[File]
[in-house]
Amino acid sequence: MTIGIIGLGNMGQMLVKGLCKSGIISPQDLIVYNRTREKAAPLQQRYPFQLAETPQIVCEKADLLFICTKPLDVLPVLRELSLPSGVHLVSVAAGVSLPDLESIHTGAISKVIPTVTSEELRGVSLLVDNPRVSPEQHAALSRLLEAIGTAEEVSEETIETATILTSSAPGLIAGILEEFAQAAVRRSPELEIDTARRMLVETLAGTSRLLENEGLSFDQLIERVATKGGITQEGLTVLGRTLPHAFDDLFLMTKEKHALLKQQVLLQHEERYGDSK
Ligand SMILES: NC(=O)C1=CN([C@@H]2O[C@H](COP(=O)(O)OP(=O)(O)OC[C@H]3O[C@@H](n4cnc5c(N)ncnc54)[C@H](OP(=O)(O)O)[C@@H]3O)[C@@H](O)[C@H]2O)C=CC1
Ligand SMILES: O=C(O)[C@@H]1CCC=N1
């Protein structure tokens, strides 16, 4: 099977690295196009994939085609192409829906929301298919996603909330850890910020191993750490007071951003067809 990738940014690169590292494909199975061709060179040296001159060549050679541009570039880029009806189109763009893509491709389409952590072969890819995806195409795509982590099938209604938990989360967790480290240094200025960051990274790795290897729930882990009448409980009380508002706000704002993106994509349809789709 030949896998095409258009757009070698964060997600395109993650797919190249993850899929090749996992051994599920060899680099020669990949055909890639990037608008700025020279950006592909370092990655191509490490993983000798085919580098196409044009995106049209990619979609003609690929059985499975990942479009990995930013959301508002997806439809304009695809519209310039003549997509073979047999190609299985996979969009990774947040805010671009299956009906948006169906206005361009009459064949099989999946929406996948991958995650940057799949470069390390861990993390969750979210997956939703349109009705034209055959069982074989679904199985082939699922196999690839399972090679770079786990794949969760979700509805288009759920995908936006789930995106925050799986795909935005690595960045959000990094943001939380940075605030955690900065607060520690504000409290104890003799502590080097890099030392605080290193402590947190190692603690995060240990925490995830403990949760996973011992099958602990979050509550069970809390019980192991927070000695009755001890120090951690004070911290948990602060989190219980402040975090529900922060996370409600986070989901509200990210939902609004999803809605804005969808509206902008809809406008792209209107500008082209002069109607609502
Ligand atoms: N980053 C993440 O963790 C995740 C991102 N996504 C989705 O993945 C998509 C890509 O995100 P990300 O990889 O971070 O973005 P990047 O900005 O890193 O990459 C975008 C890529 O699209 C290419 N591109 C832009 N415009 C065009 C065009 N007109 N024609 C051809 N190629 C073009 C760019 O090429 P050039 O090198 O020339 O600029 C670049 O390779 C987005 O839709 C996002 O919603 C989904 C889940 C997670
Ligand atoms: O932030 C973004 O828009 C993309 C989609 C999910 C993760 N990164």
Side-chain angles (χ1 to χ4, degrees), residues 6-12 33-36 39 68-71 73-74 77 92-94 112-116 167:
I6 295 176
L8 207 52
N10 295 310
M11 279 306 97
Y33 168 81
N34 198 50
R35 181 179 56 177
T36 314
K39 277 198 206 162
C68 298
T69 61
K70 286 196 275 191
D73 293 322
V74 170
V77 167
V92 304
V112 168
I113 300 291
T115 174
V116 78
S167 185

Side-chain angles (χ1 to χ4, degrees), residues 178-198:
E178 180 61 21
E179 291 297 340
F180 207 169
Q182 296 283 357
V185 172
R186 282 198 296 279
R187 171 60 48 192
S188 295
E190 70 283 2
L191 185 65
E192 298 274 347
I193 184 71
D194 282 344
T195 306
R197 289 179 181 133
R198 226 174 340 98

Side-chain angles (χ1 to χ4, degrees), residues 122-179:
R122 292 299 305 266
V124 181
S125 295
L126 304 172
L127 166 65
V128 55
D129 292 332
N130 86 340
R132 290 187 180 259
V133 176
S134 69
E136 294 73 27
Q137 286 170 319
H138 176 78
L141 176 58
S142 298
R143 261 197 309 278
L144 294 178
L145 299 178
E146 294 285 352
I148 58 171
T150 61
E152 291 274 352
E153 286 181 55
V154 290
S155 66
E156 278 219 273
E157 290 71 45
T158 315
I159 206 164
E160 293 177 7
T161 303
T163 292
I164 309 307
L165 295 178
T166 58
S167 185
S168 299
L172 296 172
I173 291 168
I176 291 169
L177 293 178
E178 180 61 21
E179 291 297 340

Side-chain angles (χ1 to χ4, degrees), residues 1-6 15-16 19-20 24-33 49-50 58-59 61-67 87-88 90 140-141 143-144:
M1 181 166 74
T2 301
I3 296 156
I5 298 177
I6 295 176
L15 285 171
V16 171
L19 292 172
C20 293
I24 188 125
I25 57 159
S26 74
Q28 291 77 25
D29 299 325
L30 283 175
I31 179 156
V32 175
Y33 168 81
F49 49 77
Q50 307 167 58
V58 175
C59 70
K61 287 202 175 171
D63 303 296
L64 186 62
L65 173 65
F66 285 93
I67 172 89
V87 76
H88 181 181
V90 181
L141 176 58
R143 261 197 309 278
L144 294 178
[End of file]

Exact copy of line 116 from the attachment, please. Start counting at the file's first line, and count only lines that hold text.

D63 303 296